Lugging a stand-up paddleboard through the jungle to the steepest, most technical river in Honduras might not, at first glance, seem like the brightest idea. The Rio Cangrejal plummets nearly 900 feet over 15 miles, churning over colossal Class V rapids on its way from the rain forest to the Caribbean Sea. If the waterfall-style drops and narrow labyrinths of towering boulders don’t get you, the jaguars that prowl Pico Bonito National Forest‘s riverbanks may well try.
Despite the risk (or maybe because of it), intrepid kayakers have been running the Class IV and V rapids in the upper section of the river for years, ending their trips in calmer waters frequented by whitewater rafting outfitters. No one had ever tried to make the descent on a stand-up paddleboard. Nobody knew if it would be possible.
We decided to find out.
We based ourselves at the Lodge at Pico Bonito, an eco-resort nestled between the Coloradito and Corinto rivers, and arranged a meeting with Udo Wittemann, a professional kayaker from Germany who has been running trips on the Cangrejal for 20 years. The owner of Omega Tours, Wittemann is regarded as the local authority on the river.
It took most of the 45 minutes needed to drive to the Cangrejal to convince Wittemann that we weren’t going to die. No one had ever run any river in Honduras on a stand-up paddleboard, so we had to negotiate a trial one-mile run along one of the river’s less tempestuous sections. Ken Hoeve, a pro from Colorado, served as a guinea pig while the rest of us sat in a raft. For extra insurance, Wittemann sent his top kayaker, a dreadlocked New Zealander named Simon, to run safety.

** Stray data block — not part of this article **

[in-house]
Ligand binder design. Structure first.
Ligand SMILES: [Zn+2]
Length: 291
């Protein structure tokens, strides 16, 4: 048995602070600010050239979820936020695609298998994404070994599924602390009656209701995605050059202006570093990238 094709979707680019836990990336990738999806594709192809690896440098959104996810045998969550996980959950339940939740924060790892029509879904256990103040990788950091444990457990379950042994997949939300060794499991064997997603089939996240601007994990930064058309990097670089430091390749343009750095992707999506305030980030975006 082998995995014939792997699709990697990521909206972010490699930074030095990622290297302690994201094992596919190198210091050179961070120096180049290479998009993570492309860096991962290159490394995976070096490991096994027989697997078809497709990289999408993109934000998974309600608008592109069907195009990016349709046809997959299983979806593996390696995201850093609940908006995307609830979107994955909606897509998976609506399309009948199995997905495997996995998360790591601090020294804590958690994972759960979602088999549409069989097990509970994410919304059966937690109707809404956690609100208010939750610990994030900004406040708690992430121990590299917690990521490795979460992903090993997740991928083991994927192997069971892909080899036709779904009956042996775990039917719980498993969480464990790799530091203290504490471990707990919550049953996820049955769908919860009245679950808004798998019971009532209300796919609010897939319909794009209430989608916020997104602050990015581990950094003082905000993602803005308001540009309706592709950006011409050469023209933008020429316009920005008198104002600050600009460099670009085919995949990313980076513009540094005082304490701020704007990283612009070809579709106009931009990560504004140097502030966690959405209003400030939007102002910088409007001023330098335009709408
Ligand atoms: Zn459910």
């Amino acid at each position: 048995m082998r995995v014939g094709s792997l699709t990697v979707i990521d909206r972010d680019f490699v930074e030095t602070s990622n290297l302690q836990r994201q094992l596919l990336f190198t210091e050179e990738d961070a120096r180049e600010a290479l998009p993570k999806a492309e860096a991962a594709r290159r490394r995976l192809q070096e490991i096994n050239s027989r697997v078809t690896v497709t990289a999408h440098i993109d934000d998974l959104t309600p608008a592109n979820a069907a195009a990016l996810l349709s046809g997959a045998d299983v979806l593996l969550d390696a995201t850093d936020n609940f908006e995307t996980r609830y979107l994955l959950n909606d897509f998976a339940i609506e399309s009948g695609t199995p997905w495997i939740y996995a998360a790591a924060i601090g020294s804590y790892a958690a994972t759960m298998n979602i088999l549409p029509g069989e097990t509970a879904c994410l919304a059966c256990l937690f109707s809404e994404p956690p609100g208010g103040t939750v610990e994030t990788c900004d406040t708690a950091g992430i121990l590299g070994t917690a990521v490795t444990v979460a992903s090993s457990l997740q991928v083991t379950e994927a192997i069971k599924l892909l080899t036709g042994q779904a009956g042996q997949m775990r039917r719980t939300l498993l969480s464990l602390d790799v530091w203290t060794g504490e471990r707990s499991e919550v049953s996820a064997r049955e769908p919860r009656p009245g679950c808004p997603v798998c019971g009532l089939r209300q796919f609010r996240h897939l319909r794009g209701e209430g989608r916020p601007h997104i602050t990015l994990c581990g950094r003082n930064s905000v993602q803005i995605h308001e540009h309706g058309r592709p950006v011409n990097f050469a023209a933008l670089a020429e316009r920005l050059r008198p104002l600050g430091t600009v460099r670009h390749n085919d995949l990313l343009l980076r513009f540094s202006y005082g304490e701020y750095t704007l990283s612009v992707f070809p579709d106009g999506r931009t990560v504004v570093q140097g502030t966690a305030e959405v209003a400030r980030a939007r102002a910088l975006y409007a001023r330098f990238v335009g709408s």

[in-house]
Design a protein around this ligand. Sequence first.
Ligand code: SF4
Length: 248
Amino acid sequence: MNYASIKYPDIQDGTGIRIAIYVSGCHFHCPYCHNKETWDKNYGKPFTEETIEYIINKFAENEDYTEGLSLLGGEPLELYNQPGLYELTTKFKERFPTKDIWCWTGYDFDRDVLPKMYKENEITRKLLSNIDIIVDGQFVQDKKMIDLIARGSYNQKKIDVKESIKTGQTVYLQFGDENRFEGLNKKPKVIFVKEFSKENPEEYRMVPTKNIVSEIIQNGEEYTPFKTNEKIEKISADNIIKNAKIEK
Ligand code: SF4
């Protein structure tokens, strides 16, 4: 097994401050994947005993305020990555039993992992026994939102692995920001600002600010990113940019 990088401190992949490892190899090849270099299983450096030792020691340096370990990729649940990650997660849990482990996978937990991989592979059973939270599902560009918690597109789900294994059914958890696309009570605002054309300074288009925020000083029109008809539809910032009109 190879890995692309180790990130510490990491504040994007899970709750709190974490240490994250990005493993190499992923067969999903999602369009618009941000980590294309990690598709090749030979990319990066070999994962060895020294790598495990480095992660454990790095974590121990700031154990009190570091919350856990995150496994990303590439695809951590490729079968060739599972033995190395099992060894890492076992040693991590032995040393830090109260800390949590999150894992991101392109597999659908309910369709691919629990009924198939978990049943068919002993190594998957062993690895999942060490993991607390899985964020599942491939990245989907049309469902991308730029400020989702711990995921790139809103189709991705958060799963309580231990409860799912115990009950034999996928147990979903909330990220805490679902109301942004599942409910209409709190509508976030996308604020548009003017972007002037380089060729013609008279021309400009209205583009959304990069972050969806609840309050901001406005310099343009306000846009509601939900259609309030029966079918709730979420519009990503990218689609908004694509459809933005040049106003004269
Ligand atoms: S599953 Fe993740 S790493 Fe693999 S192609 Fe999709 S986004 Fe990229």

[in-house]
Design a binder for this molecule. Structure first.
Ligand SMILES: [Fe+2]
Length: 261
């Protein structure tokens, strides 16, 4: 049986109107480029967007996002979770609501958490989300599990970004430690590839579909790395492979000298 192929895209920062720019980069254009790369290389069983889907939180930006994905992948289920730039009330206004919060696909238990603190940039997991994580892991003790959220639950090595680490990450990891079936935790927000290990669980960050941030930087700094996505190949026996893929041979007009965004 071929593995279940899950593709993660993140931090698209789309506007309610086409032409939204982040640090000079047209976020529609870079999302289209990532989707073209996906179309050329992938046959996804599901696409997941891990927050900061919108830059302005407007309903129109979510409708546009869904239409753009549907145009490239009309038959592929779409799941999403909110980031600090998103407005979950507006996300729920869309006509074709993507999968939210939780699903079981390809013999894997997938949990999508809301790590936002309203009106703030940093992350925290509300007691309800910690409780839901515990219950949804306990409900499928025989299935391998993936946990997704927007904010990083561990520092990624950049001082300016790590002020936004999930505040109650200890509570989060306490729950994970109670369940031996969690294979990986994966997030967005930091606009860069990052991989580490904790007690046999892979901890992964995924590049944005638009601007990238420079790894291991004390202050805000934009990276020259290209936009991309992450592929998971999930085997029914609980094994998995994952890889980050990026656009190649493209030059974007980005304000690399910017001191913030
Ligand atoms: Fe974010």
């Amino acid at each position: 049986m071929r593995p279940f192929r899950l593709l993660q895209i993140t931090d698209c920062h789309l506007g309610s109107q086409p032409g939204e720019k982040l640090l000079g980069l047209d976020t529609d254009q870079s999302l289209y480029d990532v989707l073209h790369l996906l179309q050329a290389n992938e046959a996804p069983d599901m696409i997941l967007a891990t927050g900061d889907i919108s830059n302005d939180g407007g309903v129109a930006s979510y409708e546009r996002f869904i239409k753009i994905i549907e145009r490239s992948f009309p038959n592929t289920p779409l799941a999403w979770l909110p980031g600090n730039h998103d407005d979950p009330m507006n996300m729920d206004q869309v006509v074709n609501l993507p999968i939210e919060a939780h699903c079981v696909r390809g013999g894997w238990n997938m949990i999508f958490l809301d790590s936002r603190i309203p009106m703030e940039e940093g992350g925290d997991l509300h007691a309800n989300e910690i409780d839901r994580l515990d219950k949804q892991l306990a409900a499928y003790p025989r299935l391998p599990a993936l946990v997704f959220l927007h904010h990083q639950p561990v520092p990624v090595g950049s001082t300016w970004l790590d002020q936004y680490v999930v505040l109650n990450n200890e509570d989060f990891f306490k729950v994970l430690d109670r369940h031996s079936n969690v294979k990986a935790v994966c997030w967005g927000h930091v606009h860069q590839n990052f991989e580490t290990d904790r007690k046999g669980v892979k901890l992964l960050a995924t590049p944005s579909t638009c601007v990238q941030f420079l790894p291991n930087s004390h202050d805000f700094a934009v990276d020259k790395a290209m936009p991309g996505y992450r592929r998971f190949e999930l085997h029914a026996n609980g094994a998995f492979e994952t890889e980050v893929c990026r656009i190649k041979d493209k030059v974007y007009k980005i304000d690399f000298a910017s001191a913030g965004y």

Hoeve jumped on his board – the bombproof SuperCharger made by Jackson Kayak – and hooked up his Drift HD Ghost camera to capture what was to become the first SUP river descent in Honduras. The water was warm enough to swim and crystal clear. In one mile, we watch Hoeve hit eight rapids and three high-octane waterfall-style drops. He portaged once, to avoid the aptly named El Diablo rapid, which featured a particularly gnarly rock at the base of a drop.
At the take-out, Wittemann was waiting with his Rottweiler. He shook Hoeve’s hand and invited us back to his place for beer. There, we toasted with bottles of SalvaVida, a local beer that translates as “livesaver.” After a couple rounds, we convinced Wittemann to accept a stand-up paddleboard in exchange for his promise to let more SUPers take on the river. And that’s how Honduras was opened to paddlers.
More information: Cabins at the Lodge at Pico Bonito start at $215 and include breakfast. Half-day guided rafting of the Cangrejal with Omega Tours starts at $59 and includes lunch. SUP excursions are now negotiable.
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